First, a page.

Introduction

Why is it important to have inclusive schools? How can students, teachers, and school leaders view this diversity as beneficial for their own learning and the school as a whole?

Ensuring Success for All is an online professional development program for teachers and administrators in K-12 settings. Based upon the research of HGSE Professor Thomas Hehir, a leading international expert on educating students with disabilities, the workshop explores why inclusion matters and how schools can treat diversity as an asset. Participants will explore current research on creating inclusive classrooms as well as the Universal Design for Learning (UDL) framework. They will look at examples of UDL in practice, including tools that can be leveraged to identify barriers to learning and ensure success for all students.

 

By completing this program, you will be able to:

  • Explore the complexity of teaching diverse groups of students
  • Understand the principles of Universal Design for Learning
  • Discover tools, such as digital text, that make learning more accessible to diverse learners

 

The online workshop will require a total of 5-7 hours of work. Participants who complete all individual assessments and contribute to group discussions will receive a certificate indicating completion of five clock hours of instruction.

Meet The Faculty

Thomas Hehir

Thomas Hehir

Silvana and Christopher Pascucci Professor of Practice in Learning Differences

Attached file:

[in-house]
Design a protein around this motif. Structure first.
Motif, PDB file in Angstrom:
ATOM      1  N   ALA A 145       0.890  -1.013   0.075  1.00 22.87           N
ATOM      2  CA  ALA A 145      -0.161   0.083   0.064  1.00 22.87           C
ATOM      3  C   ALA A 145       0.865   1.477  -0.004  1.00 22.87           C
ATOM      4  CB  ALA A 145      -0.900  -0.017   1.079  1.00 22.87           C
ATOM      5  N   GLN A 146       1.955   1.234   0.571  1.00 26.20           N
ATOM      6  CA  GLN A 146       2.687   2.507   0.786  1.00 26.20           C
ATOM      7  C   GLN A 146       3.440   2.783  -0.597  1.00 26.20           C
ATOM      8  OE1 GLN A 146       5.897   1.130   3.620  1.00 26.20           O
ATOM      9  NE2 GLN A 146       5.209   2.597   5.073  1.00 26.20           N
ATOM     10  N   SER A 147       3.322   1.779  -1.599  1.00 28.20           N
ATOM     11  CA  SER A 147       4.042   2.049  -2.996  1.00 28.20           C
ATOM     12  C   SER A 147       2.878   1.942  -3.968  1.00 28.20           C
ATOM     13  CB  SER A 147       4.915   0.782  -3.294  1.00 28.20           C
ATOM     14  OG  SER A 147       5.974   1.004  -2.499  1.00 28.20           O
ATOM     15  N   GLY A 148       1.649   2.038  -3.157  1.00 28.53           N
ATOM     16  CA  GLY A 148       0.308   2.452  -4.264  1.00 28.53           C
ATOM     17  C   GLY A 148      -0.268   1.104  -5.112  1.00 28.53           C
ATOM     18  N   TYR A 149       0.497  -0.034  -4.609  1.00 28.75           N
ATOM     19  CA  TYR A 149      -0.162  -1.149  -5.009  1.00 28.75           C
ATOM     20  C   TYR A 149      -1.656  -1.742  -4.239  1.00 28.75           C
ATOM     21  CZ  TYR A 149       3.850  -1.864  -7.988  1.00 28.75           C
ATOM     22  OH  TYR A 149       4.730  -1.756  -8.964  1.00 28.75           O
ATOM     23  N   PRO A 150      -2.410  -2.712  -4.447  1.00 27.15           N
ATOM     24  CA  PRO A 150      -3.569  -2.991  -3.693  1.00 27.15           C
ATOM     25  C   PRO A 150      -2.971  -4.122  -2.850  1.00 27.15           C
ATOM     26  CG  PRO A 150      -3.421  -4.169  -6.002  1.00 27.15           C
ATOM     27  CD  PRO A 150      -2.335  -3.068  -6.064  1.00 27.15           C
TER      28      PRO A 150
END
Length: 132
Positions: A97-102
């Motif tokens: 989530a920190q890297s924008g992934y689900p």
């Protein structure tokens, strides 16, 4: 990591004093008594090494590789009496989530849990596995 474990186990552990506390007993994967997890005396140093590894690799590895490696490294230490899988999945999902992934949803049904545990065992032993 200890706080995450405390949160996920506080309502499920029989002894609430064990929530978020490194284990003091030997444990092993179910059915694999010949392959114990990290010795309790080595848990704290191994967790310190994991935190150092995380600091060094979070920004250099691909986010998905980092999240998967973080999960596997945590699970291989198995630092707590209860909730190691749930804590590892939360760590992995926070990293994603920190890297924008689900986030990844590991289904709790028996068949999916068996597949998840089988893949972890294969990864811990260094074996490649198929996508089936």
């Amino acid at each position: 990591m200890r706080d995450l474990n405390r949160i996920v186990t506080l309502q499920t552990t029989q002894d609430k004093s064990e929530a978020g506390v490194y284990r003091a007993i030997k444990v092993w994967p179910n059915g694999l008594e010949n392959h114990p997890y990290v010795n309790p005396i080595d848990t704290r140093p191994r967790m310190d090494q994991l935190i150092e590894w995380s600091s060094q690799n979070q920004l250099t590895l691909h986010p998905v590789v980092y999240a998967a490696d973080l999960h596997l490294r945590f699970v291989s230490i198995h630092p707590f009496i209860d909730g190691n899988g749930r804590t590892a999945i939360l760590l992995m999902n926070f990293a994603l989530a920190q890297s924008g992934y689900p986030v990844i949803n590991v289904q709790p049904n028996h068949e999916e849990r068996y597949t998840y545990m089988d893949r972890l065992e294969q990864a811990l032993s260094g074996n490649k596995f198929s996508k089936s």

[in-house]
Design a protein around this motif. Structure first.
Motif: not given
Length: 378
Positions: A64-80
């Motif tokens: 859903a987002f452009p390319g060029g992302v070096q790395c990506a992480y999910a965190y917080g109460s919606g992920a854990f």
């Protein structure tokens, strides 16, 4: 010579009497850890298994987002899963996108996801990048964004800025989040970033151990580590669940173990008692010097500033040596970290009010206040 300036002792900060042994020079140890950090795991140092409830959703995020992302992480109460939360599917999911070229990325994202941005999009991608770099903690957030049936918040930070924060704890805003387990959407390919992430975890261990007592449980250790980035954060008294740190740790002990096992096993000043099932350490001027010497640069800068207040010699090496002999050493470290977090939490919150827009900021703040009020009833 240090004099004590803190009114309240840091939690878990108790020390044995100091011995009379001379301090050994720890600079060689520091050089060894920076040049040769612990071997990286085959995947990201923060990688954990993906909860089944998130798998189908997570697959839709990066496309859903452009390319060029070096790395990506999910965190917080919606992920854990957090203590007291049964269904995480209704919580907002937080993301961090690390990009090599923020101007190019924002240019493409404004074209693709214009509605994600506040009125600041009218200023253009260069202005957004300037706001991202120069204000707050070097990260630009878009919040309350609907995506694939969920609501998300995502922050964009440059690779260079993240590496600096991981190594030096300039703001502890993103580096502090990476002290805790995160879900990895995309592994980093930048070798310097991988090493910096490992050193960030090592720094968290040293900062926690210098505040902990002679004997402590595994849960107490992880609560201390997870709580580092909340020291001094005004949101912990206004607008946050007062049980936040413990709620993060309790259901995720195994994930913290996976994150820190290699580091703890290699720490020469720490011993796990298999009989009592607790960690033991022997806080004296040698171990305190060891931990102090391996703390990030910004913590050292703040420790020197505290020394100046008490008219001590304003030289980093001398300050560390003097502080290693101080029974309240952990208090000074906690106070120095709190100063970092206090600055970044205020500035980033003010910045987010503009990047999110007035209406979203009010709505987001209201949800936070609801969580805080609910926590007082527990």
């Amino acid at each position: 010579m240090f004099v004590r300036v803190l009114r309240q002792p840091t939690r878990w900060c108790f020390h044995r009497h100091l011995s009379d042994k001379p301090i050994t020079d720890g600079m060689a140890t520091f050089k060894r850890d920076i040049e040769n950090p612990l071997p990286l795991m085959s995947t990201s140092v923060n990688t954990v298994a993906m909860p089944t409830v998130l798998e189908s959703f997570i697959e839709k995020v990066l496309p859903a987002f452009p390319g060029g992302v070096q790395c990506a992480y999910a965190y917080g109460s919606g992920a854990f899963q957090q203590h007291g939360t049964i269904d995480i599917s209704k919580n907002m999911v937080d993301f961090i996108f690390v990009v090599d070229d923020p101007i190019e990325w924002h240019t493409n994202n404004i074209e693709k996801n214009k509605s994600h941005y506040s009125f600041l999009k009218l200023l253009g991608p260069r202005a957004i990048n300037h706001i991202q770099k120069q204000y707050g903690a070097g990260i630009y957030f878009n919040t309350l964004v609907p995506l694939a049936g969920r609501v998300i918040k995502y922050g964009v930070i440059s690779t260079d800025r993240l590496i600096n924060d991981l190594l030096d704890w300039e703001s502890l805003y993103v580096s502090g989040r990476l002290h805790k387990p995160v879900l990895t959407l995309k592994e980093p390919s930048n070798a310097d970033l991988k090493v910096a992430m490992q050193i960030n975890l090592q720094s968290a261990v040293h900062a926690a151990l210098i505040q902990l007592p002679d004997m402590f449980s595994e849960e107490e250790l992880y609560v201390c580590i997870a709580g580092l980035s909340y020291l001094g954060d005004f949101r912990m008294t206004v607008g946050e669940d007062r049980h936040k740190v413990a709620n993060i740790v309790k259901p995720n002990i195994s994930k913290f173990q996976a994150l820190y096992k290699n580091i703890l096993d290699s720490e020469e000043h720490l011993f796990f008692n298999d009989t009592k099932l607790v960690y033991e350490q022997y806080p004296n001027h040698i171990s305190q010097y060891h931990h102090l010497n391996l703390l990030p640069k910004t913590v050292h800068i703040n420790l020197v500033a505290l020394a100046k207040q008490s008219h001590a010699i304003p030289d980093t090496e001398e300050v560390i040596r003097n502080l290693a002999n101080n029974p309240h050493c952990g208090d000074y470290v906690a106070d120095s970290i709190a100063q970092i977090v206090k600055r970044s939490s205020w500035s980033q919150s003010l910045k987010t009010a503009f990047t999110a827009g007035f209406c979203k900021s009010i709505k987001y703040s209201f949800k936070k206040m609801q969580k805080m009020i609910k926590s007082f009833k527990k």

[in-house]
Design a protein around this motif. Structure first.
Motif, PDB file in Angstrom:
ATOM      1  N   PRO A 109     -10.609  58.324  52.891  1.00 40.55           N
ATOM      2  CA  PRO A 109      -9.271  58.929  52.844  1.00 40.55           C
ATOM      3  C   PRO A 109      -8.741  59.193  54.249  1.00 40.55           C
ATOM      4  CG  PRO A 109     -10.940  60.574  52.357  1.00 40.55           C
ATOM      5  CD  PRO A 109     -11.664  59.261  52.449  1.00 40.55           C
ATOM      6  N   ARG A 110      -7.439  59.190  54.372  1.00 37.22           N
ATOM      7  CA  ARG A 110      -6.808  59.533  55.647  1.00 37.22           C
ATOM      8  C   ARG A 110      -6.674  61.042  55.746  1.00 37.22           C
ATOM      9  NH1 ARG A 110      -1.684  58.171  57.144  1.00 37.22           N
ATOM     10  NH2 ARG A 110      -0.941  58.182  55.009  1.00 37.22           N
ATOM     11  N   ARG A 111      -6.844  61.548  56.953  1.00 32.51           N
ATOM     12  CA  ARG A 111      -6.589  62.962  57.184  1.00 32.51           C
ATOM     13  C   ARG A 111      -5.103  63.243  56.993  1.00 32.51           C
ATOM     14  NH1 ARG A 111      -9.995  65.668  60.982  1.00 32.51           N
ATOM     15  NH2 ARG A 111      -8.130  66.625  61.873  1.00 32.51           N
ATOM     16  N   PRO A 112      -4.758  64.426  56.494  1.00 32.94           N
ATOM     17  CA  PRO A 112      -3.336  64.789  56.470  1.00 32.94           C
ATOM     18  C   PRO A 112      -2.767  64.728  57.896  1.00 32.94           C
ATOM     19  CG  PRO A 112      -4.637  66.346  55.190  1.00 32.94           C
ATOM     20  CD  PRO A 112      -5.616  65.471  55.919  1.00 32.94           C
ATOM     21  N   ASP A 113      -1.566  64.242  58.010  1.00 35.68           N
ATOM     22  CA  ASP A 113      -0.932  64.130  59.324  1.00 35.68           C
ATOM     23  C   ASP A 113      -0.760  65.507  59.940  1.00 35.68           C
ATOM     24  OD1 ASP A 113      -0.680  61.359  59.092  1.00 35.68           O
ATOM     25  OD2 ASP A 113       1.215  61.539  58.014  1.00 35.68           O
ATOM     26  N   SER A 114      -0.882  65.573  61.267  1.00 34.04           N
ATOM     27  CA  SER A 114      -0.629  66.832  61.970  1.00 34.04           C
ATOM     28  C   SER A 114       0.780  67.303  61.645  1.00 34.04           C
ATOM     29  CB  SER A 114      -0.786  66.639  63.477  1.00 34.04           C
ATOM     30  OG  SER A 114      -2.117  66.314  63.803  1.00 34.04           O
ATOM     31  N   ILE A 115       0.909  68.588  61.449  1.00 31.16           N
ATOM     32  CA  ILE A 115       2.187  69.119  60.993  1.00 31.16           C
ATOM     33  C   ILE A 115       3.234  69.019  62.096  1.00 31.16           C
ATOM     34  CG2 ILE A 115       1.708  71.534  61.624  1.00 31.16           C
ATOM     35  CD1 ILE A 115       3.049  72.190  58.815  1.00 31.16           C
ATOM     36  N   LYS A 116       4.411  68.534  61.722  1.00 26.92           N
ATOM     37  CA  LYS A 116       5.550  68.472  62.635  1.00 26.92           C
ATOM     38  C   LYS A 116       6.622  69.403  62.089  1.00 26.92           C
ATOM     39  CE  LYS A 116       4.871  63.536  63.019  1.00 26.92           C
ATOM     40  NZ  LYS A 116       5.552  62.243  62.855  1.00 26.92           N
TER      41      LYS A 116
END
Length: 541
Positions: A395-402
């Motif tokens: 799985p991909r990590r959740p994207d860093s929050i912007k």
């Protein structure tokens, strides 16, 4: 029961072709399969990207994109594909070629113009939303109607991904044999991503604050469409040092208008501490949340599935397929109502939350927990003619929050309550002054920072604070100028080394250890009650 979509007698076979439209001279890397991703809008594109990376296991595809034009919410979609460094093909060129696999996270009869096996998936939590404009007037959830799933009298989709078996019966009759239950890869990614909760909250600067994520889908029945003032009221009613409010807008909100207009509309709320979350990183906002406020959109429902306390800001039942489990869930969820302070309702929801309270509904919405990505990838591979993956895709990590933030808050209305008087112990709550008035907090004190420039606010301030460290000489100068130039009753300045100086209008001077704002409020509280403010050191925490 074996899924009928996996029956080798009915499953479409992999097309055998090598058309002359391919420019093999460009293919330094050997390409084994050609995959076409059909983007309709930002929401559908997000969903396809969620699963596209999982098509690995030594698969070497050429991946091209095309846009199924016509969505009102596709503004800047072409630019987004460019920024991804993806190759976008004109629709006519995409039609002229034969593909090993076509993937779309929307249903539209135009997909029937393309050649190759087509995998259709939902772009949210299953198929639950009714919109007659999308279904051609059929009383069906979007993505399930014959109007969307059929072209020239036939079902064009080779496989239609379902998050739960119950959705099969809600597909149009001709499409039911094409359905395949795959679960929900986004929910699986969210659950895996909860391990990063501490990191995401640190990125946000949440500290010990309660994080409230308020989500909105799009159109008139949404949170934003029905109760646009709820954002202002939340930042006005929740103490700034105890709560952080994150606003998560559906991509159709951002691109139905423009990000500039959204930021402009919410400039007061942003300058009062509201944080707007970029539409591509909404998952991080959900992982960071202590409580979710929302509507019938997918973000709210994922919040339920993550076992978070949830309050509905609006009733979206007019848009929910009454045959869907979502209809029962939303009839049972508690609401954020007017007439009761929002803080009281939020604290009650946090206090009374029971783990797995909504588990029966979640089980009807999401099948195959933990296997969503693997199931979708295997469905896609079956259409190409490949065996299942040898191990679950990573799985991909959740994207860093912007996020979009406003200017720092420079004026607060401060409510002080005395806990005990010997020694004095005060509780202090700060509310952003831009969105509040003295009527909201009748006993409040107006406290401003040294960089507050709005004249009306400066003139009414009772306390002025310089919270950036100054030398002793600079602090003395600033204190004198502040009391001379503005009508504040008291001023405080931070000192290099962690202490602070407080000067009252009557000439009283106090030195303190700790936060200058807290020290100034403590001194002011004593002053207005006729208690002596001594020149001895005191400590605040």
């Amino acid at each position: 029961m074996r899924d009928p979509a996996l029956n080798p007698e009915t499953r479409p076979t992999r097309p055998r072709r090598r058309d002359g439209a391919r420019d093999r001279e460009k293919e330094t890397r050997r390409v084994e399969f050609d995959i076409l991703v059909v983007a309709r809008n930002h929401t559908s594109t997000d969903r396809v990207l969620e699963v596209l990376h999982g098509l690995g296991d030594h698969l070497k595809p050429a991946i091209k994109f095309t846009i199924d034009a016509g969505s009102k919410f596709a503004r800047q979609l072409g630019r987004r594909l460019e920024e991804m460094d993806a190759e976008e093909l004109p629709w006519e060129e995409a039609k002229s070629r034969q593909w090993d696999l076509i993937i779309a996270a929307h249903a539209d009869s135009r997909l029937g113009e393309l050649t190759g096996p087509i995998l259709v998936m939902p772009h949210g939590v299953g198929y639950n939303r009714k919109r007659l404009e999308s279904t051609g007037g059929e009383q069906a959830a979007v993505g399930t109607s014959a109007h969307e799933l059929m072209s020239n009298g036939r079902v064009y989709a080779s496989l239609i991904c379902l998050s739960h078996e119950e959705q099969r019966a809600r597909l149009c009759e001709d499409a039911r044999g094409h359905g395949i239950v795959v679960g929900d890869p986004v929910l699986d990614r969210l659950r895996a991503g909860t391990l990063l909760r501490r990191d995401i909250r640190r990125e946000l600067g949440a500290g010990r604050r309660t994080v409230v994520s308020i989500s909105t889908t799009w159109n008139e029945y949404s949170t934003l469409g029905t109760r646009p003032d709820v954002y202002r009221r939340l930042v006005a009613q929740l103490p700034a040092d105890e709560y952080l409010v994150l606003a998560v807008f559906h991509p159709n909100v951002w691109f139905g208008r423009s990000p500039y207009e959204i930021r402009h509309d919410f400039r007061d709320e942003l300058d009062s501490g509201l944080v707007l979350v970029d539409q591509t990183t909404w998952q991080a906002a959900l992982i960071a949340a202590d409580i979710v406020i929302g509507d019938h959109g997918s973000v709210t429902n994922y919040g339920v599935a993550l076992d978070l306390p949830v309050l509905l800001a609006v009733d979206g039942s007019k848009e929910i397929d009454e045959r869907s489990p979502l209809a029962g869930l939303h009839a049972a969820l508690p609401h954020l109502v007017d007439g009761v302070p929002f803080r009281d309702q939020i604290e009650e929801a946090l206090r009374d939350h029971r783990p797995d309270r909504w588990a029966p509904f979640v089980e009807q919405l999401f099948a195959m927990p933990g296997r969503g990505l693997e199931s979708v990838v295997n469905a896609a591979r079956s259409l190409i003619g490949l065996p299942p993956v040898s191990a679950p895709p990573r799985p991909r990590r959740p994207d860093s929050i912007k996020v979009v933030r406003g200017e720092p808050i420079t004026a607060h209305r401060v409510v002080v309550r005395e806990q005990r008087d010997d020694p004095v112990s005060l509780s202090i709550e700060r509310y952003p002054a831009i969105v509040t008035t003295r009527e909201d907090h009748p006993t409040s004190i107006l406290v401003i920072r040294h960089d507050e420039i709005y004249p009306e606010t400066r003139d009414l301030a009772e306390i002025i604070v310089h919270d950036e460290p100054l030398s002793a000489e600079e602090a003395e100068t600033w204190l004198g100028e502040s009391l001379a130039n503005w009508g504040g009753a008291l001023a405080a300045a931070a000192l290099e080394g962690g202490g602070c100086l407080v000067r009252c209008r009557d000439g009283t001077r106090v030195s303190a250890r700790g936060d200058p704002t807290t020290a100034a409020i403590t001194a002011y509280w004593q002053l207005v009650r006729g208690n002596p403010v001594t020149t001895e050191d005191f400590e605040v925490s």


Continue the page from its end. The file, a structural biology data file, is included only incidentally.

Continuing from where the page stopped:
Tom Hehir served as director of the U.S. Department of Education's Office of Special Education Programs from 1993 to 1999. As director, he was responsible for federal leadership in implementing the Individuals with Disabilities Education Act (IDEA). Hehir played a leading role in developing the Clinton administration's proposal for the 1997 reauthorization of the IDEA, 90 percent of which was adopted by Congress. In 1990, he was associate superintendent for the Chicago Public Schools, where he was responsible for special education services and student support services. In this role, he implemented major changes in the special education service delivery system, which enabled Chicago to reach significantly higher levels of compliance with the IDEA and resulted in the eventual removal of the U.S. Department of Education's Office for Civil Rights as overseer. Hehir also served in a variety of positions in the Boston Public Schools, including that of director of special education. An advocate for children with disabilities in the education system, he has written on special education, special education in the reform movement, due process, and least restrictive environment issues.

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